That elder again came to him in his vision and said, “0 Numan, thou hast received thy provision; delay not, go back to thy house.”

Numan awoke and was amazed and said, “Then our bearing this much trouble and weariness was for a loaf.”

And he returned. One day he entered his house, and the woman looked and saw there was nothing in his hand; and Numan told her.

When the woman learned that Numan had brought nothing, she turned and said, “Out on thee, husband, thou art become mad, thou art a worthless man; had thy senses been in thy head, thou hadst not given away our camel, the source of our support, and left us thus friendless and hungry and thirsty; not a day but thou doest some mad thing.”

And she complained much. And Numan’s heart was broken by the weariness of the road and the complaining of the woman, and he fell asleep.

Again in his vision that elder came and said, “O Numan, delay not, arise, dig close by thee, thy provision is there, take it.”

But Numan heeded not. Three times the elder appeared to him in his dream and said, “Thy provision is indeed close by thee; arise, take it.”

So Numan, unable to resist, arose and took a pick-axe and shovel and began to dig where his head had lain.

The woman made mock of Numan and said, “Out on thee, man; the half of the treasure revealed to thee is mine.”

Numan replied, “So be it; but I am weary, come thou and dig a bit that I may take breath a little.”

The woman said, “Thou art not weary now; when thou art weary I will help.”

Numan went on: and when he had dug as deep as half the height of a man, a marble slab appeared. The woman saw the marble and, saying in herself, “This is not empty,” she asked the pick-axe from Numan.

Numan said, “Have patience a little longer.”

The woman said, “Thou art weary.”

Numan replied, “Now am I rested.”

Quoth the woman, “I am sorry for thee, thou dost not know kindness.”

While thus talking they saw that one side of that marble was pierced and that there was a hole. Thereupon grew Numan eager, and he pulled the marble from its place, and below it was a well and a ladder. He caught hold of the ladder and went down and saw a royal vase filled full with red gold, and he called out to the woman, “Come here.”

Thereupon the woman descended likewise and saw the vase of gold, and she threw her arms round Numan’s neck and said, “O my noble little husband! Blessed be God, for thy luck and thy fortune.”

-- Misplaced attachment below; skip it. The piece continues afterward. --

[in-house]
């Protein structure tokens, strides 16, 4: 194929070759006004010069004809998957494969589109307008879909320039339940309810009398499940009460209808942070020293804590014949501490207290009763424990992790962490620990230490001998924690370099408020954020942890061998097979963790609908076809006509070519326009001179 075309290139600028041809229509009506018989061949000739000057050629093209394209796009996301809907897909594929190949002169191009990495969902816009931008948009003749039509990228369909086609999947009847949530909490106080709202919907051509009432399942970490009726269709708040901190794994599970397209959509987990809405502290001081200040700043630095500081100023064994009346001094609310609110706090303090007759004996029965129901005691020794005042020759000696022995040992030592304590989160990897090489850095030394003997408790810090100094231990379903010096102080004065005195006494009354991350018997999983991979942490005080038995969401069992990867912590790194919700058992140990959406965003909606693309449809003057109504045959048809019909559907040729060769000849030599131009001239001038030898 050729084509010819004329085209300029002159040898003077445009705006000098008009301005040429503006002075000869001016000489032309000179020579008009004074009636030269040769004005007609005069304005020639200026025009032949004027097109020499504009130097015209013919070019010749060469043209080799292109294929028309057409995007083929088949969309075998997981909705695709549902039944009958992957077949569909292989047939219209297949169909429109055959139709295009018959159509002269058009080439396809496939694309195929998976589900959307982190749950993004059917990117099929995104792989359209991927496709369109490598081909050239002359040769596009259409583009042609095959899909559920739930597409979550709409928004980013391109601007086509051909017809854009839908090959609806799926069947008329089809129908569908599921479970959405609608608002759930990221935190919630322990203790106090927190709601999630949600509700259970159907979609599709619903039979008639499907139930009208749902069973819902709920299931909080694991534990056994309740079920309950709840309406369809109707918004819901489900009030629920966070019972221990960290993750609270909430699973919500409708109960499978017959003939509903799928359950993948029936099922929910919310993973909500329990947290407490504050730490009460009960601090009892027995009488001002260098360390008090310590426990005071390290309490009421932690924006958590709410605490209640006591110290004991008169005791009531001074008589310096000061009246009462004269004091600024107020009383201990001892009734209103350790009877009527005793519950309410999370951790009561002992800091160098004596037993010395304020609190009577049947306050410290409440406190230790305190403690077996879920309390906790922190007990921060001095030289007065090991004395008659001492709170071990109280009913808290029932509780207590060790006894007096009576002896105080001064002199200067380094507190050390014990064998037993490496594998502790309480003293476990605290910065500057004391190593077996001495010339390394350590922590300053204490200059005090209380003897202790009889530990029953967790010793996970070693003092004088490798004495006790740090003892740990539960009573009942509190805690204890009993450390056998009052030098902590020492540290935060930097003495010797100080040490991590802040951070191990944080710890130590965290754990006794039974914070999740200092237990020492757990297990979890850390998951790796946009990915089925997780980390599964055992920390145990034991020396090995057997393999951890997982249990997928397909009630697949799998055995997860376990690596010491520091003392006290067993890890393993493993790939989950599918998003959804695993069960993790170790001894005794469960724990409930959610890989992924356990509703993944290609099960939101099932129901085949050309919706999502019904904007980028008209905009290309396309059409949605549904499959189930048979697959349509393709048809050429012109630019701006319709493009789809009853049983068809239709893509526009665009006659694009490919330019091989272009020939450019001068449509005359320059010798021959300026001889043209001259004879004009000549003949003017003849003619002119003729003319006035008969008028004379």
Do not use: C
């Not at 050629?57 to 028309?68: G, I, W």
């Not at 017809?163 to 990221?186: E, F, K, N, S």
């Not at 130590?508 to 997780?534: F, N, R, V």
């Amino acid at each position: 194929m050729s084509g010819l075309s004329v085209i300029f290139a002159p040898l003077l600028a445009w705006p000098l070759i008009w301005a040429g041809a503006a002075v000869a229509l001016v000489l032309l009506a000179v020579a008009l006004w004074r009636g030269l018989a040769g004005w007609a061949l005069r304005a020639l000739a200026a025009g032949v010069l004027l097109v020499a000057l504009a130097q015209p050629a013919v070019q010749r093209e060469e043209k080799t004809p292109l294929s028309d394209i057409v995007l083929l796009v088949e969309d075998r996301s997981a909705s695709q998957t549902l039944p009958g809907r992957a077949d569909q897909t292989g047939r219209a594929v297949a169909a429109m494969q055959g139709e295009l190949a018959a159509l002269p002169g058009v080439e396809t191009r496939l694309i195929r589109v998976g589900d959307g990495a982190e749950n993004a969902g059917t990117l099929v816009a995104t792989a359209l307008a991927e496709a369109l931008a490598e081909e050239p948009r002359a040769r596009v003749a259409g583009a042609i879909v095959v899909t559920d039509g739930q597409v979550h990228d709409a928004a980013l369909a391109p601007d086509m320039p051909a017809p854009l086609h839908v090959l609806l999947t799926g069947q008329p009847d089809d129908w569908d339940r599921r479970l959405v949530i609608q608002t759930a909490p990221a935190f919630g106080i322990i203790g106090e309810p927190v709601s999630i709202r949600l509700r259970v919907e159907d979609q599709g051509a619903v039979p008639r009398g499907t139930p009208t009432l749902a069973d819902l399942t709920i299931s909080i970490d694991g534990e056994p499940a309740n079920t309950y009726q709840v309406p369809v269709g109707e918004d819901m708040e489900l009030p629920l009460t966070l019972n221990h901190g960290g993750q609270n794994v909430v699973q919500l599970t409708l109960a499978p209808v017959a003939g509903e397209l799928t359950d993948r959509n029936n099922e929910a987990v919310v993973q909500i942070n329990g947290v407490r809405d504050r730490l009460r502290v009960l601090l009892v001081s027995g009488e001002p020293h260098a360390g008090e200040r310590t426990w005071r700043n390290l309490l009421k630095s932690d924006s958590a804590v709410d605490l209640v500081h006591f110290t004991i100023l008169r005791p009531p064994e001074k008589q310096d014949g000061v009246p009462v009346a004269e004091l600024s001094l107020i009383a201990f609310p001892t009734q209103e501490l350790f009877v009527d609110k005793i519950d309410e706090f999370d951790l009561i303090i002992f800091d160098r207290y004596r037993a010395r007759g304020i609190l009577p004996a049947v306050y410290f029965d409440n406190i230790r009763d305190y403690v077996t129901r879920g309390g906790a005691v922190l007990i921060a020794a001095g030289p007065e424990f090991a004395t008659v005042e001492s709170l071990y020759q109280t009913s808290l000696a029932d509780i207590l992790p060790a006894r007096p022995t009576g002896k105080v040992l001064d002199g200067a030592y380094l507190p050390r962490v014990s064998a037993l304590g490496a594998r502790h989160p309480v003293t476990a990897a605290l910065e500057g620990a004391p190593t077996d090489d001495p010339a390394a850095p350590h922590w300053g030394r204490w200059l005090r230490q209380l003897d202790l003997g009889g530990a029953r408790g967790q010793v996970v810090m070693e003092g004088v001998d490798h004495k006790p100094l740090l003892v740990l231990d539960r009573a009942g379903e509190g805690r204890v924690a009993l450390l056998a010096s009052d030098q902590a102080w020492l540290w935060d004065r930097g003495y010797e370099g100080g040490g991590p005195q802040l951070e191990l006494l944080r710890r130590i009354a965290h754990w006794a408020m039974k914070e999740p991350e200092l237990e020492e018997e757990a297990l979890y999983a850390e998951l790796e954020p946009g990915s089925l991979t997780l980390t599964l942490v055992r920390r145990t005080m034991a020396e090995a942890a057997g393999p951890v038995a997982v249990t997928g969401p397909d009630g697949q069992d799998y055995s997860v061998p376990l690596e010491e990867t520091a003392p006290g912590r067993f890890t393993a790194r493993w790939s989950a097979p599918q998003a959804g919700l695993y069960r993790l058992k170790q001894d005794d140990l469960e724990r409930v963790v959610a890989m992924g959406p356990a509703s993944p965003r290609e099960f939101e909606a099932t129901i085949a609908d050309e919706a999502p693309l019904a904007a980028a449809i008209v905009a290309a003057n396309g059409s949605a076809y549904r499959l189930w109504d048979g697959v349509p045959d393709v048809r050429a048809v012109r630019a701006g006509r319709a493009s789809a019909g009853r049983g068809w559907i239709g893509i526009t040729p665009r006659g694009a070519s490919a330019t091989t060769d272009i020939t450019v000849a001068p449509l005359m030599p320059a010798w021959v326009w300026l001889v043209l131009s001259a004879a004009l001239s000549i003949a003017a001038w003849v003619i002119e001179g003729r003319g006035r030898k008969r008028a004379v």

Numan took up some of these sequins, and the woman said, “What wilt thou do?”

Numan replied, “I shall take these to our king and tell him that there is a vase full of them, and that an elder came to me in my dream and told me, and I shall say, ‘Take them all; and, if thou wilt, bestow on me a few of them that I and my wife may eat and drink, and in our comfort may bless and praise thee.'”

Quoth the woman, “My life, husband, speak not to our king now, so that all of them may remain ours and we shall have ease of heart.”

Numan listened not, but took them and laid them before the king.

The king said, “What is this?”

Numan answered, “O king, I found them in thy ground.” And he told of the elder’s coming in his dream and of there being a vase full of them, and said, “O king, send a slave of thine, and he will return; and I shall accept the king’s alms, whatever it may be.”

The king said to a scribe, “Come, read this, let us see from whose time it has remained.”

When the scribe took the sequin into his hand he saw that there was written on the one side of it, “This is an alms from before God to Numan.” Then the scribe turned over the other side and saw that it was thus written on that side, “By reason of his respect toward the Koran.”

When the scribe had read the inscriptions to the king, the king said, “What is thy name?”

He replied, “My name is Numan.”

The king caused all these sequins to be read, and the writing on the whole of them was the same.

The king said, “Go ye and bring some from the bottom of the vase.”

And they went and brought some from the bottom of the vase, and they read them, and they all bore the inscription of the first. And the king wondered and said, “Go, poor man, God Most High has given it thee, on my part too be it lawful for thee; come, take these sequins also.”